Data helps C-level executives and event organizers understand what works and why. Meeting and event planners collect reams of data from registration portals, websites, event module platforms, mobile apps, on-site polls and post-event surveys, but it’s rarely analyzed. And that’s a huge problem. Understanding behavioral data is essential if you want to create an effective event marketing campaign and meaningful on-site experience for your participants.
“We have to get over that hump of people saying ‘data’s dirty’ or ‘I don’t have time to look at it,’ ” says Eric Misic, co-founder of Bear Analytics, the first company created to help meeting demystify numbers. “Understanding data makes you more strategic, more efficient. It helps you drive revenue and create a [higher]-quality experience. It helps you know who’s going to come to your event.”
Bear Analytics goes through your information and teases out an easy-to-understand story. No data dump, it presents information about loyalty retention, revenue numbers and audience profiles that lets C-level execs see what’s moving product or driving revenue. It helps event organizers identify their best customers, most loyal attendees and passionate supporters.
Those who market events can use it to drive more targeted efforts to groups, rom pre-show to the on-site experience, Misic says. Along the way, they often discover something that’s been overlooked.
Case study: Rebooting growth
One client contacted Bear Analytics, Misic says, because their event showed stagnant growth for five consecutive years. It wasn’t a bad event, Bear learned. Numbers were sluggish because the client had shifted from an event that was open to all to a members-only gathering. People who potentially could become members were either already converted to membership or had stopped coming.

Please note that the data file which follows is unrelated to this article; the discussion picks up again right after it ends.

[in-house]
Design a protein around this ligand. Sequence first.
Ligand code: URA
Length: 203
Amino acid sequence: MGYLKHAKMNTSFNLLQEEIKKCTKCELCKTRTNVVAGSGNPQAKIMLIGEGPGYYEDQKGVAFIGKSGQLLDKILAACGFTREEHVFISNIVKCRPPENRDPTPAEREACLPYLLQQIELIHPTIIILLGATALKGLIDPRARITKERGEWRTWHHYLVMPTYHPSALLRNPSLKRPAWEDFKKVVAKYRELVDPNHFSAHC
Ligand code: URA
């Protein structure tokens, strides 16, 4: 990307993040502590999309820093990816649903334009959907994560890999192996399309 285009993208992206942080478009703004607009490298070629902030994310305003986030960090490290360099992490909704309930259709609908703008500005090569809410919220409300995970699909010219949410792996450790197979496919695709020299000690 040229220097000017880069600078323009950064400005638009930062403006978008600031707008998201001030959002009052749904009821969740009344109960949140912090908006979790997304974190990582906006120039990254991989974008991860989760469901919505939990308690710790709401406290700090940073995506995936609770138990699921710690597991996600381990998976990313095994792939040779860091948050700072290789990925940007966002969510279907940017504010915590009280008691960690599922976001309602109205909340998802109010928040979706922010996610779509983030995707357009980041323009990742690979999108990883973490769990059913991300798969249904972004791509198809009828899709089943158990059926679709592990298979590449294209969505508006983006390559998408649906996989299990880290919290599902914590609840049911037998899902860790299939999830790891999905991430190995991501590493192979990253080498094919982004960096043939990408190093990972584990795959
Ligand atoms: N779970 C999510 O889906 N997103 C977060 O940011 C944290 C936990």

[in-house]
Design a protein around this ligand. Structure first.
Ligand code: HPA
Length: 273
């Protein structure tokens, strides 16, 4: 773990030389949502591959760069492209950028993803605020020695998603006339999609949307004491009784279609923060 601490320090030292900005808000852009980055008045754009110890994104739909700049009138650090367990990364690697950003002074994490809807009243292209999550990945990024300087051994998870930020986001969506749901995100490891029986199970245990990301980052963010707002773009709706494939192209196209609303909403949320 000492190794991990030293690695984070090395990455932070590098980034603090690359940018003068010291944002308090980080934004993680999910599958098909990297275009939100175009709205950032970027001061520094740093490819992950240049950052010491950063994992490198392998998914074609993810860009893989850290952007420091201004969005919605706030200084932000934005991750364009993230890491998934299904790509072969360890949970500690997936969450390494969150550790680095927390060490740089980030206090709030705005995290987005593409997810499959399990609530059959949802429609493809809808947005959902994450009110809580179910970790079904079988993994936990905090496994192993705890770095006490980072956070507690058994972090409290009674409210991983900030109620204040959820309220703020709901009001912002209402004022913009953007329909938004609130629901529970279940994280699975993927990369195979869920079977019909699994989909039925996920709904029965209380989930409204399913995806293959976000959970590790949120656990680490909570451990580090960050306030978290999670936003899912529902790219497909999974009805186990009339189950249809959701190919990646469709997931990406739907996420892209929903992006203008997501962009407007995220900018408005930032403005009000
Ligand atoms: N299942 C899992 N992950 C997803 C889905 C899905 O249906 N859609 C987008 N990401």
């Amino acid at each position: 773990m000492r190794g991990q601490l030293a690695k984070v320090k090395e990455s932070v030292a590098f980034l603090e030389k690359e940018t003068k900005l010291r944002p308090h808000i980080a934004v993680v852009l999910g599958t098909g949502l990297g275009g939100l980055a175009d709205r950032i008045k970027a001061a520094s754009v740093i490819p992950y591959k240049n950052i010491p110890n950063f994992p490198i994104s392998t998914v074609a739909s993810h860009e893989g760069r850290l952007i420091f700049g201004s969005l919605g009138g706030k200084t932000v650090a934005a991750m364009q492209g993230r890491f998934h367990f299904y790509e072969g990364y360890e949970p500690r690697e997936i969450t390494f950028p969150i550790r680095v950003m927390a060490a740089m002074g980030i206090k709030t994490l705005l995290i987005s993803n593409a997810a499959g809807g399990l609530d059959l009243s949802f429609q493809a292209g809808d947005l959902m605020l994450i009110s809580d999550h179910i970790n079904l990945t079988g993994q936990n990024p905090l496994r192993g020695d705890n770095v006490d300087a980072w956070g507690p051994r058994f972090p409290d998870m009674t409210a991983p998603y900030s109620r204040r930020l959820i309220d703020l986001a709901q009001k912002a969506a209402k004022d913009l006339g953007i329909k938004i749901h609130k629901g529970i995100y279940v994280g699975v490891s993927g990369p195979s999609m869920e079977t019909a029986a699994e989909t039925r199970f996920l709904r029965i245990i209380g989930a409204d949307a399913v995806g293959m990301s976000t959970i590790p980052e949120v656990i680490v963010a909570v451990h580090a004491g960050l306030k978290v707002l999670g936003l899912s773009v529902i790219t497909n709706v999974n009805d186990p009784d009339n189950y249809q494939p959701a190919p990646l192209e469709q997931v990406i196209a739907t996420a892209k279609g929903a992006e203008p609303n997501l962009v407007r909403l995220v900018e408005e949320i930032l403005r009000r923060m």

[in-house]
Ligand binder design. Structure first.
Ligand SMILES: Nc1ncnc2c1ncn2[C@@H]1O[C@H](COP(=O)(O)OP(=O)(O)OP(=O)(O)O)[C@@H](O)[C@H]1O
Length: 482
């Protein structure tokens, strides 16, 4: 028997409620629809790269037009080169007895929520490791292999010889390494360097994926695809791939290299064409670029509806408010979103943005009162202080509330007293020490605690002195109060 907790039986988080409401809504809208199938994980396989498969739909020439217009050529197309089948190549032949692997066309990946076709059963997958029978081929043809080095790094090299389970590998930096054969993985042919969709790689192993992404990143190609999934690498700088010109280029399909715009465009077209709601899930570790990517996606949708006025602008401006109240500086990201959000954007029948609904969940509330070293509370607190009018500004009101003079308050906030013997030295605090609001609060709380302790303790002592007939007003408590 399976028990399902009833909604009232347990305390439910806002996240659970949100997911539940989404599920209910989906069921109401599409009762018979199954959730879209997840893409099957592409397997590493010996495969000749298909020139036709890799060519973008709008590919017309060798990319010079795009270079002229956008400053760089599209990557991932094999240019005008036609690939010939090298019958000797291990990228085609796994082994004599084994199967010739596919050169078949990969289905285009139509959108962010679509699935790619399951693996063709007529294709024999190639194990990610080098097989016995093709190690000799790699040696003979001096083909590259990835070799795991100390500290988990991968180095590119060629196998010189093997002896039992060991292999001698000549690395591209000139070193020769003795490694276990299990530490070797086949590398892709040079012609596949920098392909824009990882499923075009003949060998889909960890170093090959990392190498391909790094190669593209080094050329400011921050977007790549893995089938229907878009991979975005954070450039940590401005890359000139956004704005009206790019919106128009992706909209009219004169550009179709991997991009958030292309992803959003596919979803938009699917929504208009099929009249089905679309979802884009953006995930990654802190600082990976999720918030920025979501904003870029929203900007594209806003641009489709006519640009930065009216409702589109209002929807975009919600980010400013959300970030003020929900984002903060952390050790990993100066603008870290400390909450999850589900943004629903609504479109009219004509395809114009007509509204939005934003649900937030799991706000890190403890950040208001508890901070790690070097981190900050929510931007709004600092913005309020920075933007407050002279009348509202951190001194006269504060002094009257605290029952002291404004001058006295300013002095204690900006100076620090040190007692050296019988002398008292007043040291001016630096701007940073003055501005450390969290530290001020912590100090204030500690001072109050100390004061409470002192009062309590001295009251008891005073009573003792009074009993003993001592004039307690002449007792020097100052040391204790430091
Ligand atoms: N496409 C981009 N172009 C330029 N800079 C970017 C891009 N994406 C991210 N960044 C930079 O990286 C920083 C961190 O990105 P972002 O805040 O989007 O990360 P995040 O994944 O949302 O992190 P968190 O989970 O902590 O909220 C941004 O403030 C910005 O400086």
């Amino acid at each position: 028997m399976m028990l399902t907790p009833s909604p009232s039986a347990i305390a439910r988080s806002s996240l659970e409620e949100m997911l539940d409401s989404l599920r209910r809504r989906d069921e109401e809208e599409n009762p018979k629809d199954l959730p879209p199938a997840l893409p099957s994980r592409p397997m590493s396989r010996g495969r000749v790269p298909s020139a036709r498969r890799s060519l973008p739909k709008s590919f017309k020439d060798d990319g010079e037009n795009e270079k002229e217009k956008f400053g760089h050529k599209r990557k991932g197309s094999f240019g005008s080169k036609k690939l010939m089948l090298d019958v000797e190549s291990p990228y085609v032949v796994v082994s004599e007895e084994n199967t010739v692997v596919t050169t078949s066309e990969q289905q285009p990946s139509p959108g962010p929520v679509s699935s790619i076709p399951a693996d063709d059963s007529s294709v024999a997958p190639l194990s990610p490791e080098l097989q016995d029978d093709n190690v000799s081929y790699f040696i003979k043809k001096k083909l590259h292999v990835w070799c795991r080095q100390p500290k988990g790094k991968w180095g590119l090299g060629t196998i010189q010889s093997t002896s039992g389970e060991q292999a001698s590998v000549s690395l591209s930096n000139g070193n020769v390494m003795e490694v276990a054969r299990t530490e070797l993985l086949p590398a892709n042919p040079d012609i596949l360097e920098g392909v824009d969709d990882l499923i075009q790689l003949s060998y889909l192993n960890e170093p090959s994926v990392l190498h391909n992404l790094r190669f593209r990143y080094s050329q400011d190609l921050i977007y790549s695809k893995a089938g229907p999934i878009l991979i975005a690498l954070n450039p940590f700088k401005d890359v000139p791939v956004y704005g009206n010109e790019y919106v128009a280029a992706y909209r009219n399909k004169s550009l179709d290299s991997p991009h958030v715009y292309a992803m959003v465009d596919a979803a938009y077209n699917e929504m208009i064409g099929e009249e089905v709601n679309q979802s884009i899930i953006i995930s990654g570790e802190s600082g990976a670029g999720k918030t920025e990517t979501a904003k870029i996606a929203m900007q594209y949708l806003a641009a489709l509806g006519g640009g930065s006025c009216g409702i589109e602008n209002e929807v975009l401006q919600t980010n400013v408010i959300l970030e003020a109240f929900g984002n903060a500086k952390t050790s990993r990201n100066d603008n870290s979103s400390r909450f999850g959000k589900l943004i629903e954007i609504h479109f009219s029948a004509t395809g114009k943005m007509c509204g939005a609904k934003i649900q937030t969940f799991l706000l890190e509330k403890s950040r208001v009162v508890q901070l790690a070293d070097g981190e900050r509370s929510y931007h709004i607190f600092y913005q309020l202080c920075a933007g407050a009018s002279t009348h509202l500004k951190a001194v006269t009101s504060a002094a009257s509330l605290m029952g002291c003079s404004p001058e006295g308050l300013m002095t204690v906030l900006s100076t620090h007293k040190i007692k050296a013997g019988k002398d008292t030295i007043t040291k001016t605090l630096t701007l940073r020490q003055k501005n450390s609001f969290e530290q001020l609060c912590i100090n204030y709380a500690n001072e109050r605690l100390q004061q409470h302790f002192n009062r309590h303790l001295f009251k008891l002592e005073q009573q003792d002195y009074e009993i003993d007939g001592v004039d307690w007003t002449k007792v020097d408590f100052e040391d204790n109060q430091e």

When, as a result, the client shifted their marketing approach and conference content, nonmember participation increased by 11 percent.
When the client realized companies spent less by sending more employees to buy an exhibitor package, they reached out to those companies to convey the added value and savings left on the table. The number of exhibitors doubled.
Key metrics meeting pros should care about
What if you can’t hire an outside firm to sort through your data? What kind of metrics should you track?
First, Misic counsels, identify your loyalists. Who attends year after year? Try to figure out how to get them to register early. Then figure out how to get them to convince their friends to register, too.
“There’s a natural churn for all shows,” Misic says. Rather than looking just at individuals, focus on the companies represented on your attendee list. Are companies sending more people, fewer people or dropping out altogether? Did timing or other factors matter more than the geographic shift?
Finally, don’t forget that surveys are an art form.
“If you don’t craft the satisfaction survey in the right way, you won’t get to the root cause of why they’re coming,” Misic says. Is it for networking? To buy something? Professional development? “We should be asking: ‘Why haven’t you come in the past?’ and ‘What other events are you going to?’ and ‘Have you seen the quality level of the event drop off?’ ” Once you identify what’s in it for them, you’ll be able to tailor your marketing messages.
Knowing behavioral data about your attendees moves you from a rifle-shot approach in marketing to a strategic plan that’s more focused and efficient.
“That’s the piece that’s impactful,” Misic says. “It’s knowing that if I can move the needle to efficiency, it’ll mean more attendees, better quality and more revenue.”
And that’s why data isn’t dirty, it’s a powerful tool event planners need to understand.
Let’s talk. How do you feel about metrics and their ability to grow your business?
Last image source: bixentro via Flickr